The Wonders of wine

By Drum Digital
29 September 2010

IT USED to be a white or a chizzboy thing: expertly swirling your wine in a glass, inhaling the aroma and savouring the flavours as they lingered on the palate. But these days wine is fast becoming the drink of choice for more and more black people. It’s no longer uncommon to spot a black face at an exclusive wine tasting and when planning a special evening many of us now reach for a bottle instead of a six-pack.

A good indication of this growth in interest is the Soweto Wine Festival, the only exhibition of its kind aimed at the black township market. Not only were 76 per cent of the people who came to the recent twoday exhibition black, the overall attendance has grown from approximately 1 500 people in 2005 to 7 548 visitors in 2010.

So just who is drinking wine?

Research from the Soweto Wine Festival shows that black drinkers are mostly under 35, single, have a university degree, own a car or a house, earn between R10 000 and R20 000 a month and are heavily influenced by brands.

Thabo Mogale (32), a chartered accountant, says his interest in wine started after a tasting at work. “I was a beer drinker until I joined a firm in Sandton. Every last Friday of the month a guy from a wine club would come around with a few bottles for us to taste. I really got into it, picking up the flavours and aromas, and I joined a club to learn more.”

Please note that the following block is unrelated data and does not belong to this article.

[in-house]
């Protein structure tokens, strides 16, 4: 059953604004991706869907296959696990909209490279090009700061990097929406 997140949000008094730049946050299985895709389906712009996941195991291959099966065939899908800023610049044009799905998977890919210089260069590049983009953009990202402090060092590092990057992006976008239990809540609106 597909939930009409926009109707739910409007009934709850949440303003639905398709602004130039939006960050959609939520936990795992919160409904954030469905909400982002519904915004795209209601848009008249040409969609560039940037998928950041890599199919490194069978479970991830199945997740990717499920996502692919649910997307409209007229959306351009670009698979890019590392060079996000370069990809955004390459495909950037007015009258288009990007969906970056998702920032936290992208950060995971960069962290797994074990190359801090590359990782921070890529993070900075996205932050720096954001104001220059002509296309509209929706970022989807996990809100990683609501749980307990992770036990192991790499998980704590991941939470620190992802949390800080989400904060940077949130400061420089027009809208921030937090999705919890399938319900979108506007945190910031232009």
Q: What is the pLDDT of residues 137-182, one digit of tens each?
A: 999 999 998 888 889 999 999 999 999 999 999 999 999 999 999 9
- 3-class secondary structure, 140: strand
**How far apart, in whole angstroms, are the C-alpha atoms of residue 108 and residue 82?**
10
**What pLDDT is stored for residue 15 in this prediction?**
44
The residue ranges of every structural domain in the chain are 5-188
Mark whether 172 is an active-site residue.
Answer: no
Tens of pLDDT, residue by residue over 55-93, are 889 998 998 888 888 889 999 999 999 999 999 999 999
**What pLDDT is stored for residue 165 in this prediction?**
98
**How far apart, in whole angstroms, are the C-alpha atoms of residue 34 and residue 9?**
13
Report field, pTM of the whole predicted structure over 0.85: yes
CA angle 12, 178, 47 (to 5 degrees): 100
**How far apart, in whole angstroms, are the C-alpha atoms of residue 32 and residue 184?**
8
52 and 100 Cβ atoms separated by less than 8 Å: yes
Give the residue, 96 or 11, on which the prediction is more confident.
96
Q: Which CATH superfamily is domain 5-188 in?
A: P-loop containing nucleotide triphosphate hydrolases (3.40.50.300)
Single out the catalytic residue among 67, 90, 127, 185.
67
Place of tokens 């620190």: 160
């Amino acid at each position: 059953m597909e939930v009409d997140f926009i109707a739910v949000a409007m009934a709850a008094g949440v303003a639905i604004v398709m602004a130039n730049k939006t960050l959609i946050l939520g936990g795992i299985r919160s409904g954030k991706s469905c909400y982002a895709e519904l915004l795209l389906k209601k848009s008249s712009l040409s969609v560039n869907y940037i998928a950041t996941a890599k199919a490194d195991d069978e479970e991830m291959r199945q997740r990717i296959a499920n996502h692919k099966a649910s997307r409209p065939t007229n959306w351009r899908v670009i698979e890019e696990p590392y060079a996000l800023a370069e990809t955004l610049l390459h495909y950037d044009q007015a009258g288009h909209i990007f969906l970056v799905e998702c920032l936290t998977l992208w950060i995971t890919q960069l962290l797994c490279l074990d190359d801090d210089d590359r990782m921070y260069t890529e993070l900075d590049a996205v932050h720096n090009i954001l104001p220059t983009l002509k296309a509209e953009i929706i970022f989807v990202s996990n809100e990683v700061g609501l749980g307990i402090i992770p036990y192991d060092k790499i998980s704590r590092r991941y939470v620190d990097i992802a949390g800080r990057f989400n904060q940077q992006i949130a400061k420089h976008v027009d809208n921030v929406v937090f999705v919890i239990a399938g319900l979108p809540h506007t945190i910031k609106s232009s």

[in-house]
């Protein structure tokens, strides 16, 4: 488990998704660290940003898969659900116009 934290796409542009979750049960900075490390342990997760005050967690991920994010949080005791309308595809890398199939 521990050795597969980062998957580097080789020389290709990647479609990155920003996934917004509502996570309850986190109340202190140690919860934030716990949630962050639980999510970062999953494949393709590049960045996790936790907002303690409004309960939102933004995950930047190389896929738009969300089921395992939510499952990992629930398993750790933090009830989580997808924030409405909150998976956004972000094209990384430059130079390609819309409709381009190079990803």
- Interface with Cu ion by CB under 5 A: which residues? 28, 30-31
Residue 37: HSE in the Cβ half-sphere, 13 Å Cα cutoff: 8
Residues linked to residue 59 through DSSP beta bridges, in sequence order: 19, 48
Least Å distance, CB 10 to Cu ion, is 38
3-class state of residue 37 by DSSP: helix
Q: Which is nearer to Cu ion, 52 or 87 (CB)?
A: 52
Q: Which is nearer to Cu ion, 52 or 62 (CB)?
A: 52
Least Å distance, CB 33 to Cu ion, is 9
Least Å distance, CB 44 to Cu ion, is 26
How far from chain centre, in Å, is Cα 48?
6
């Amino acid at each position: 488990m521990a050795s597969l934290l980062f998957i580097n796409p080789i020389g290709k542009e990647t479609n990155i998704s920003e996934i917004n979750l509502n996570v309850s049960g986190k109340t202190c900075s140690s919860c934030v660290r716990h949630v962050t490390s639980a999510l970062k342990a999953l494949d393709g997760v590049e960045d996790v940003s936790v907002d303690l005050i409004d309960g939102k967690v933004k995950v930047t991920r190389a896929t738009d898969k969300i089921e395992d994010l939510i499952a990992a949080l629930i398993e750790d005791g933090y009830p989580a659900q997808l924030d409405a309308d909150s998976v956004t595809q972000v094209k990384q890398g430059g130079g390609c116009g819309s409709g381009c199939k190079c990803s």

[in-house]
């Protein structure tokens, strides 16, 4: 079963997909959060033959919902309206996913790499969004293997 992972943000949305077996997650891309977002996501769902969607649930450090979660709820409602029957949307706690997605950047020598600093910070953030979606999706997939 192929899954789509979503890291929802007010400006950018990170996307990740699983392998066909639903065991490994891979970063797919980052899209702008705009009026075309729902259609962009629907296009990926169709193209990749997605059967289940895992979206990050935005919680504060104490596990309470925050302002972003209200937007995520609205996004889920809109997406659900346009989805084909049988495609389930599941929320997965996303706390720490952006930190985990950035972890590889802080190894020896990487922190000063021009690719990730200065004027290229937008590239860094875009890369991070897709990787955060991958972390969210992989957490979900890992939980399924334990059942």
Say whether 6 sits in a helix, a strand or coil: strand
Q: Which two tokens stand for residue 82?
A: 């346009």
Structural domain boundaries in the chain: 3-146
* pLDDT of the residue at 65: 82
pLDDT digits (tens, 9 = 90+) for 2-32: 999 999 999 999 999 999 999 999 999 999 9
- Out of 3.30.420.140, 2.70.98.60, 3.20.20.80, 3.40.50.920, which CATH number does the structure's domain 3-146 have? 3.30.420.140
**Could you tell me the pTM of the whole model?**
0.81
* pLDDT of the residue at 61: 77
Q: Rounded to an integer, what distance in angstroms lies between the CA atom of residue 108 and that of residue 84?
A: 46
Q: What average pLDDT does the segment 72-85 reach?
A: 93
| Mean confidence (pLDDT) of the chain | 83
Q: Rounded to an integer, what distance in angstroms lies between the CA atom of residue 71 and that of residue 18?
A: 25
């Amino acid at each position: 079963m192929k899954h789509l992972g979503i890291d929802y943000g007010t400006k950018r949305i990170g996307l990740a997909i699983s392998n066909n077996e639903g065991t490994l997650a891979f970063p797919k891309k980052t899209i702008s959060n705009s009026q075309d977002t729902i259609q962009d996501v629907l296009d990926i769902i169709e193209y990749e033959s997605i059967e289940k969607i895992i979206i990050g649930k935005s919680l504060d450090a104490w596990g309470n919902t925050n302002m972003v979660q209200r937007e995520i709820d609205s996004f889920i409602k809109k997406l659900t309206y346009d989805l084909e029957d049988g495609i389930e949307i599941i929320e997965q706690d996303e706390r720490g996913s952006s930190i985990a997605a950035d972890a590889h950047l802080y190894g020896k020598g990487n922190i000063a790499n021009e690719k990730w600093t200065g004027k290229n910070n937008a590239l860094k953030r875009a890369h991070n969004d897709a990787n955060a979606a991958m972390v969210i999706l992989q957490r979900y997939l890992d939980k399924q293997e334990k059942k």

Another convert is Nomkhosi Mbatha, a 27-year-old journalist. She started drinking wine at university but didn’t consider herself an enthusiast until recently. “Don’t we all start with the Overmeers, the Cellar Casks and sometimes the OBS (Old Brown Sherry)?

“Then an ex took me to The Grillhouse in Rosebank. Their food menu is only one page long but their wine and spirits menu runs over three pages.

“I started tasting the wines on offer and my ex and the waiter also recommended what to pair the wine with. It’s just such a beautiful taste when all the flavours blend together.”

“Wine is a lifestyle,” Thabo adds. “Once you start drinking it, it changes what you eat and where you socialise. I used to think it was strange for people to eat blue cheese, but wine changes your palate. It really opens you up to new taste experiences.”

Read the full article in DRUM of 10 October 2010

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